Income tax season is here, and for many filing online, their choice often boils down to H&R Block vs. TurboTax. And with good reason: Among the best tax software, both are at the top with comprehensive offerings and excellent service — including the ability to have your returns done by a tax pro.
H&R Block and TurboTax each have its areas of strength and weaknesses. We specifically focus this deep dive on their respective online platforms, to see which is the best for you.
H&R Block vs. TurboTax: Tax prep services compared
|Service||Starting Price (Deluxe Tier)||State Return||Best For||Pros||Cons|
|H&R Block||$49.99||$36.99||Those who appreciate easy to consume visual design and strong support.||Elegant, visual design Clear language Copious support Online Assist and tax expert review nearly half the price of last year||Choosing a tax pro to virtually do your taxes is not integrated into the online product|
|TurboTax||$59||$49||Those with more complex returns, including investments and crypto. And the best choice for tax pro help.||Easy to navigate Wider help options than most Full service option for end-to-end tax filing assistance Excellent automated data input Strong crypto support||Pricier than other tax software|
H&R Block vs. TurboTax: Price
Both H&R Block and TurboTax offer downloadable software for those who prefer to keep their data locally as opposed to in the cloud, but for the purposes of this story, we’re focusing on their online offerings.
H&R Block and TurboTax start with free tiers of service and scale up to a self-employed package. If you start at the wrong level and answer a question that you have a particular circumstance, such as investment income or self-employed deductions, the software will prompt you to change your service tier.
The free versions cover federal and state filing for basic tax situations and little else — no deductions, investments or multiple sources of income — with free federal and state filing included.
H&R Block vs. TurboTax: Free tier
|Service||State Return||Includes||Live help|
|H&R Block||Free||W-2 income Student loan interest Unemployment income Earned Income Credit Child Tax Credit Retirement income||$69.99|
|TurboTax||Free||W-2 income Student loan interest Earned Income Credit Child Tax Credit Retirement income Interest income||Free until 3/31; live help costs $79 and Full Service $129 after that|
TurboTax can handle ordinary interest income in its free tiers, and it has a wider swatch of tax pro assistance services available – and those services, including having someone just do everything for you, are free until 3/31. They go up significantly after that. If you have unemployment income, though, you’ll need to look at H&R Block’s free service, or at one of the other free services we’ve reviewed, such as Cash App Taxes or FreeTaxUSA.
H&R Block vs. Turbotax: Paid services compared
H&R Block Deluxe costs $49.99 and includes all the features found in the free version, plus a way to optimize donation deductions, real estate taxes and mortgage interest.
H&R Block Premium ($69.99) handles cost-basis calculations and income from stocks, rental properties, and other investments, including cryptocurrency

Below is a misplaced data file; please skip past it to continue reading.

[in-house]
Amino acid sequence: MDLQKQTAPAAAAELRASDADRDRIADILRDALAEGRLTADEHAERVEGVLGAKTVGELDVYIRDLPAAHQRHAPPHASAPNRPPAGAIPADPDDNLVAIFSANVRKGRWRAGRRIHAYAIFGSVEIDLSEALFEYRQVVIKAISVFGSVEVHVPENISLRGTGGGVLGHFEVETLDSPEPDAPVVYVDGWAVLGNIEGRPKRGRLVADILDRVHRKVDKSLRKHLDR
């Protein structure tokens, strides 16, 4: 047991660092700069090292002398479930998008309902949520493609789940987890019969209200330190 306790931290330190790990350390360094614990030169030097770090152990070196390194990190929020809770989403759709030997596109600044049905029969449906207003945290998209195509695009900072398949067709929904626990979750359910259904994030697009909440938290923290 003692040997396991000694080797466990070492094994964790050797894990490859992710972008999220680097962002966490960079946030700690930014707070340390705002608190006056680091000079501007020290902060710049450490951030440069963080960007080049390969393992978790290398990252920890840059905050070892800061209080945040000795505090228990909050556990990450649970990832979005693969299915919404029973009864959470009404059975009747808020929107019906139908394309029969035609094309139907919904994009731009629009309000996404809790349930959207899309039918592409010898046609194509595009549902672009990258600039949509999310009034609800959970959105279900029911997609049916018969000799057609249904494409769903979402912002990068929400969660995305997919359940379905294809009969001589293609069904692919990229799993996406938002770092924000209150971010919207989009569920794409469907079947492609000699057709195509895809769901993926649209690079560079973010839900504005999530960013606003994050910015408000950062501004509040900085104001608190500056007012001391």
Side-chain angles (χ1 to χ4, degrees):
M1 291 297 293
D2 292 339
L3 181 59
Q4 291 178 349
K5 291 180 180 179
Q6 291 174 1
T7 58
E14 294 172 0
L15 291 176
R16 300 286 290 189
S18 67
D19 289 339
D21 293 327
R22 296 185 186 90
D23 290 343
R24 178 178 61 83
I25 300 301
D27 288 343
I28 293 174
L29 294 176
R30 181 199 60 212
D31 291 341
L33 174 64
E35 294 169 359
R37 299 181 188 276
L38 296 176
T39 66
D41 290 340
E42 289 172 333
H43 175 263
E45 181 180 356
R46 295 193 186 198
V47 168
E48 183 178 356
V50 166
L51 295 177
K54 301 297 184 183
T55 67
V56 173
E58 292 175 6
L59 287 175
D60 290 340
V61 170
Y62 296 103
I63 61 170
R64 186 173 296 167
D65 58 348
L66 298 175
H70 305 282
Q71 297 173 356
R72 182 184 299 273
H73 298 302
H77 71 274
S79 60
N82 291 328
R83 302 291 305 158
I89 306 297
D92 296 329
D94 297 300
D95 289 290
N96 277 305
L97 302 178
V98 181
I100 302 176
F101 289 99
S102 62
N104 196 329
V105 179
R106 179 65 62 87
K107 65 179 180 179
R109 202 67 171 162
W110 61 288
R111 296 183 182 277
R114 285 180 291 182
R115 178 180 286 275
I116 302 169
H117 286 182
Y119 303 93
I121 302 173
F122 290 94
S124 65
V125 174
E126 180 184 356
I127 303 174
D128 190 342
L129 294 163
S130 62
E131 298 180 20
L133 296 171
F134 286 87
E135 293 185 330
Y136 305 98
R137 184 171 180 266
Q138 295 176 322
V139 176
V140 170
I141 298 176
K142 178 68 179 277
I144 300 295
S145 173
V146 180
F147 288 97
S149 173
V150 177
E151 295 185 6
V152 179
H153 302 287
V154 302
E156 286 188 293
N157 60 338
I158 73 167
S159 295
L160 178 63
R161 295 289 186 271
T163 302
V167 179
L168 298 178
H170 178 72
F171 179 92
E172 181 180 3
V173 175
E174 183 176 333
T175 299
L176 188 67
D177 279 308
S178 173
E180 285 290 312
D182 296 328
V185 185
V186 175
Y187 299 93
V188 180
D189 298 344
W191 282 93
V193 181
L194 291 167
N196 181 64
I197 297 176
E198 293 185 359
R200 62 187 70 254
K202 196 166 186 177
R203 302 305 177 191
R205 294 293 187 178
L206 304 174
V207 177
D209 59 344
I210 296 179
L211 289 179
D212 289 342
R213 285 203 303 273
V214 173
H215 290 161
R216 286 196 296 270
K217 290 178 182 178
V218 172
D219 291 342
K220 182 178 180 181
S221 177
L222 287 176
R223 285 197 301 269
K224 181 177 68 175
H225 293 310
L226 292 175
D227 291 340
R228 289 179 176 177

The H&R Block Self-Employed tier ($104.99) provides full-on expense support for freelancers, contractors and other small business owners, including home office, depreciation and vehicle expenses. This is the way to go to support your side gig, be it driving for Uber or something else.
TurboTax Deluxe ($59) tier handles a wide range of standard needs, including support for deductions, real estate taxes and mortgage interest.
TurboTax Premier ($89) covers stocks, bonds, cryptocurrency and other investments; rental property income and deductions. The TurboTax Self-Employed tier ($119) covers specific freelance and small business scenarios. including ride-hailing, online sales and services and other business income and expense needs.
In most cases, H&R Block's pricing will cost you a little less than a comparable tier from TurboTax will, though both services regularly offer discounts.
Winner: H&R Block
H&R Block vs. TurboTax: State tax returns
H&R Block continues its trend of being the more cost-effective platform. The free H&R Block tier includes filing state taxes for free; all other tiers cost $36.99 per state, and that fee includes e-filing. The state price is the same even if you use H&R Block’s Online Assist.
TurboTax’s structure is similar, but the company charges more for e-filing state returns ($49 list, $39 sale for online; $54 list, $49 sale for Live or Live Full Service). Like H&R Block, the Basic tier includes one free state e-file.
Winner: H&R Block
H&R Block vs. TurboTax: Tax pro assistance
Confounded by the new tax laws? Troubled by how to enter your crypto transactions? Tax professionals are standing by and ready to help you out from the madness abyss. Live support is stronger and more affordable than ever, but the extent of that support depends upon which brand — and what level of service — you pay for.
Both services offer access to tax professionals — typically a CPA or Enrolled Agent (EA) — for unlimited video, phone, chat time and screen-share to discuss your tax challenges. Both services also offer tax pro assistance to review your return, but TurboTax includes that feature, while it’s an add-on for H&R Block. Either package lets you upgrade to these tax pro help options at the time of purchase, or as an add-on from within the service.
H&R Block scales the price of its Online Assist to match the complexity of your service tier: Basic (same as the free tier without Online Assist), $69.99; Deluxe, $109.99; Premium, $159.99; Self-Employed, $194.99. H&R Block has a second product, Tax Pro Review, but this is sold as an add-on together with Online Assist from within the return; you won’t see this option on H&R Block’s website prior to starting your return. For the Premium return we were working on, the price was an additional $89.99 for Online Assist + Tax Pro Review. At the time of this writing, though, H&R Block was discounting its online assistance by about 40% if selected before starting your return. The service is available weekdays from 7 a.m. to 11 p.m. CT, and weekends from 9 a.m. to 9 p.m.